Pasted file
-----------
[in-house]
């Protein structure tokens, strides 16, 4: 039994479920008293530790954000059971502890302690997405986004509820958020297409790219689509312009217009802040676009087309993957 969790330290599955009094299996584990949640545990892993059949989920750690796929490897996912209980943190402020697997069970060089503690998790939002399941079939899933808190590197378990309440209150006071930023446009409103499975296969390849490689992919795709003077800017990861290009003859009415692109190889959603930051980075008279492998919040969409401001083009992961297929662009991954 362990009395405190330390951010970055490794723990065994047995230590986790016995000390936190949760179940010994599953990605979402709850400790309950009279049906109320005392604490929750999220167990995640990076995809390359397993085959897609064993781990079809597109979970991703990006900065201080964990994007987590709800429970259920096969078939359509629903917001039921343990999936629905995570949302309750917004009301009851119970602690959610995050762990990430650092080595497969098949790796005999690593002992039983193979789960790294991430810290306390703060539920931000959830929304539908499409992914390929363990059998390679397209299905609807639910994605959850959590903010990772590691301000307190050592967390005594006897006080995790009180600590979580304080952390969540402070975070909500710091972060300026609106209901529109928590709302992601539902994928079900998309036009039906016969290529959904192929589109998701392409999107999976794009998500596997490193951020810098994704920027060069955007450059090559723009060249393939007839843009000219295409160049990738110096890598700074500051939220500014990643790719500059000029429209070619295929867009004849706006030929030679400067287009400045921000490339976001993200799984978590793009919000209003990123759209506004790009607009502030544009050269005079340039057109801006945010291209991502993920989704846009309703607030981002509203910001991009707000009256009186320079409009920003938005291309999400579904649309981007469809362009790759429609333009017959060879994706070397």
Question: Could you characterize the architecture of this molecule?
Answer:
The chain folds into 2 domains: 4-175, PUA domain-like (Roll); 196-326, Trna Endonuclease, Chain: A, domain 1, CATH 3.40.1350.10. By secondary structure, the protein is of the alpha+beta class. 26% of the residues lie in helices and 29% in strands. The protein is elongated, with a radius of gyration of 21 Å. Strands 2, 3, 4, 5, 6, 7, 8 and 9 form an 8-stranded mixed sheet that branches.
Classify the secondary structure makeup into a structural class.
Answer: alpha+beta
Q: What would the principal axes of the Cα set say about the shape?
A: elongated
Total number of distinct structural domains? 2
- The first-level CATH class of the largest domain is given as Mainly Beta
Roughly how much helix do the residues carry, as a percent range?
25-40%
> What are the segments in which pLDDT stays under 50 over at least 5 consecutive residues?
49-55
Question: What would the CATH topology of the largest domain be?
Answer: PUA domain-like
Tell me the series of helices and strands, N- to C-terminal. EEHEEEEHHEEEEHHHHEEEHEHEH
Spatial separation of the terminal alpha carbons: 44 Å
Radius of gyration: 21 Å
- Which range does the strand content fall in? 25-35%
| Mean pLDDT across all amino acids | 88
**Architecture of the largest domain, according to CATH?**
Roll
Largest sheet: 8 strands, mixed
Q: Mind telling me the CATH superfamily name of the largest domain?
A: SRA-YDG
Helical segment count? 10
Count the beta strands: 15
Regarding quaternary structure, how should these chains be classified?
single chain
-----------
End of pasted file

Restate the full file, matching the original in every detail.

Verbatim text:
[in-house]
């Protein structure tokens, strides 16, 4: 039994479920008293530790954000059971502890302690997405986004509820958020297409790219689509312009217009802040676009087309993957 969790330290599955009094299996584990949640545990892993059949989920750690796929490897996912209980943190402020697997069970060089503690998790939002399941079939899933808190590197378990309440209150006071930023446009409103499975296969390849490689992919795709003077800017990861290009003859009415692109190889959603930051980075008279492998919040969409401001083009992961297929662009991954 362990009395405190330390951010970055490794723990065994047995230590986790016995000390936190949760179940010994599953990605979402709850400790309950009279049906109320005392604490929750999220167990995640990076995809390359397993085959897609064993781990079809597109979970991703990006900065201080964990994007987590709800429970259920096969078939359509629903917001039921343990999936629905995570949302309750917004009301009851119970602690959610995050762990990430650092080595497969098949790796005999690593002992039983193979789960790294991430810290306390703060539920931000959830929304539908499409992914390929363990059998390679397209299905609807639910994605959850959590903010990772590691301000307190050592967390005594006897006080995790009180600590979580304080952390969540402070975070909500710091972060300026609106209901529109928590709302992601539902994928079900998309036009039906016969290529959904192929589109998701392409999107999976794009998500596997490193951020810098994704920027060069955007450059090559723009060249393939007839843009000219295409160049990738110096890598700074500051939220500014990643790719500059000029429209070619295929867009004849706006030929030679400067287009400045921000490339976001993200799984978590793009919000209003990123759209506004790009607009502030544009050269005079340039057109801006945010291209991502993920989704846009309703607030981002509203910001991009707000009256009186320079409009920003938005291309999400579904649309981007469809362009790759429609333009017959060879994706070397």
Question: Could you characterize the architecture of this molecule?
Answer:
The chain folds into 2 domains: 4-175, PUA domain-like (Roll); 196-326, Trna Endonuclease, Chain: A, domain 1, CATH 3.40.1350.10. By secondary structure, the protein is of the alpha+beta class. 26% of the residues lie in helices and 29% in strands. The protein is elongated, with a radius of gyration of 21 Å. Strands 2, 3, 4, 5, 6, 7, 8 and 9 form an 8-stranded mixed sheet that branches.
Classify the secondary structure makeup into a structural class.
Answer: alpha+beta
Q: What would the principal axes of the Cα set say about the shape?
A: elongated
Total number of distinct structural domains? 2
- The first-level CATH class of the largest domain is given as Mainly Beta
Roughly how much helix do the residues carry, as a percent range?
25-40%
> What are the segments in which pLDDT stays under 50 over at least 5 consecutive residues?
49-55
Question: What would the CATH topology of the largest domain be?
Answer: PUA domain-like
Tell me the series of helices and strands, N- to C-terminal. EEHEEEEHHEEEEHHHHEEEHEHEH
Spatial separation of the terminal alpha carbons: 44 Å
Radius of gyration: 21 Å
- Which range does the strand content fall in? 25-35%
| Mean pLDDT across all amino acids | 88
**Architecture of the largest domain, according to CATH?**
Roll
Largest sheet: 8 strands, mixed
Q: Mind telling me the CATH superfamily name of the largest domain?
A: SRA-YDG
Helical segment count? 10
Count the beta strands: 15
Regarding quaternary structure, how should these chains be classified?
single chain